Hurricane Charley demonstrated last weekend why some of the nation's most vulnerable folk - the ill, the disabled, and the frail elderly - should think twice before taking up residence in the most dangerous parts of the hurricane-prone coastal regions. For those most at risk, public policymakers ought to discourage or prohibit development on the riskiest lands.
Last Saturday morning, rescue workers found a stunned and bewildered elderly woman alone in a smashed cinder-block condominium in a retirement community in one of the hard-hit areas of southwest Florida. Could she have evacuated? Did she understand ahead of time - and in time - the threat to her life? Could she have packed her most precious belongings and driven herself through heavy traffic out of harm's way to a safe place to spend the night? Now that her retirement home is wrecked beyond livability, where will she go?
Especially as they age, retirees should rethink for themselves the problem of living where hurricanes may whip through the landscape with howling winds and storm surges, in some cases, up to 30 feet. Even for healthy 80-plus-year-olds, hurricane preparation and aftermath can be overwhelming.
Along with the responsibility of individuals for their own choices, elected officials have responsibilities for planning and zoning restrictions in the public interest. To often, they fan the fires of growth instead of looking after those unable to help themselves.
Assisted-living facilities have sprung up almost as fast as tennis courts near the nation's beaches. By definition, thousands of their residents are incapable of evacuating themselves when a hurricane whirls offshore and aims landward. Their problems range from aches, pains, and stiffness, to dependence on wheelchairs and bottled oxygen. In short, they need others to help them make it through every day. They should not be subjected either to the stress of hurricane evacuations or to the havoc of hurricane impact.
While everybody in a coastal area is challenged by a hurricane emergency, hospitals and nursing homes deal in life-and-death matters. Their patients cannot help themselves in an emergency. Typically, as a hurricane threat builds, all patients who can be reasonably discharged from hospitals are discharged early, their medications and instructions handed to them as they go out the door. Some patients have to be transferred to inland facilities with which agreements have been prearranged - in which case, they have to be hauled out on gurneys to be taken by helicopter or by ambulances that may find themselves stuck in heavy, slow-moving evacuation traffic.
Whether a hurricane actually comes or not, hurricane evacuation itself is a big deal - fraught with anxiety, discomfort, inconvenience, and expense.
Sometimes patients experience the ordeal of lying in bed in a hospital in imminent danger of serious hurricane damage.
Hurricane Charley battered three hospitals in Florida's disaster region, rendering them useless. The severe damage to such buildings from a Category 4 hurricane was predictable. Warning might have been taken from Deering Hospital in Miami in 1992. While the roaring winds of Hurricane Andrew pounded outside, the staff moved the sick, the injured, and those recovering from surgery to central areas of the building, carrying intravenous equipment, tubes, medications and charts. As they relocated, they abandoned sections of the hospital compound - rooms, corridors, and even whole wings. Only after extensive repairs, nine months later, could Deering reopen.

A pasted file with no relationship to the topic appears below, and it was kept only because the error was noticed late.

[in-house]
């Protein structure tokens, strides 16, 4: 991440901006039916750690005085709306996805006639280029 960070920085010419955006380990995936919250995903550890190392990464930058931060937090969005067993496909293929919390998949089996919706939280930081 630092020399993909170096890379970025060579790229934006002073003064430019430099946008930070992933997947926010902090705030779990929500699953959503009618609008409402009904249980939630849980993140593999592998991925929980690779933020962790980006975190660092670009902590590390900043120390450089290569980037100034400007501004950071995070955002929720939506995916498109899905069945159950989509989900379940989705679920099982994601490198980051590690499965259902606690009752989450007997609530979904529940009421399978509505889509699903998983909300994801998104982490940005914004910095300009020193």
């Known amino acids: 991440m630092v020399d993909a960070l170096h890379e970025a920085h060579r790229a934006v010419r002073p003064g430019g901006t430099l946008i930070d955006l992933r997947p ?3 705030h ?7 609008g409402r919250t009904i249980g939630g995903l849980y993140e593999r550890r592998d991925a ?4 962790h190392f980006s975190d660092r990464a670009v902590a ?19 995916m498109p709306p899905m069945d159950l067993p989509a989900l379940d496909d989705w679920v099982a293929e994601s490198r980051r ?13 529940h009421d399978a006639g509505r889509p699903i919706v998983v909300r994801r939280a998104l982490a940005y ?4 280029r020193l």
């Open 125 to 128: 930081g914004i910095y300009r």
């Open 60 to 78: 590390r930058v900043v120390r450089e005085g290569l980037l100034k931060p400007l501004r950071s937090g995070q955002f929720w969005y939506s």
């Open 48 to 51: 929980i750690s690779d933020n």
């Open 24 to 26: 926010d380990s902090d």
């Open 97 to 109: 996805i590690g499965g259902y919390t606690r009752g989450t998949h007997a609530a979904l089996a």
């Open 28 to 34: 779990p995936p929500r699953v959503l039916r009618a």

Lessons also could have been learned from the Medical University of South Carolina's teaching hospital in Charleston in 1989. Hurricane Hugo, also a Category 4 at landfall, tore at the roof and broke hospital windows. Nurses gathered patients into corridors and huddled around them while orderlies leaned against the doors to keep the wind and rain away from the beds.
Since 1886, on average, three to four tropical storms or hurricanes have made landfall on the continental United States every year. They are not new phenomena. What is new is the rapid growth of populations in hurricane-prone zones. (About 1,000 people a day move into Florida.) What is most frightening is the growing number of at-risk people, especially the frail elderly. Florida, where 78 percent of the population lives in coastal counties, has more than 700 nursing homes.
Fast-growing coastal communities build and expand assisted-living apartments, hospitals, and nursing homes because the market demands them, of course, just as the market demands beach houses and other kinds of development near the shore. Real estate of all kinds in the coastal zones is hot.
Living quarters for folk who are fragile, whether because of illness or age, should be sited appropriately - miles inland if necessary - certainly not on land likely to be flooded or subject to a hurricane's highest winds. Further, all buildings anywhere in the coastal zones - but especially those housing the ill and the disabled, and those unable to live on their own - should be required to be built or retrofitted to withstand hurricane-force winds.
Where we call ourselves civilized, policymakers are obligated to protect those who cannot protect themselves.
• Fran Marscher, a retired newspaper editor, is co-author of 'The Great Sea Island Storm of 1893' and 'Living in the Danger Zone,' nonfiction books about hurricanes.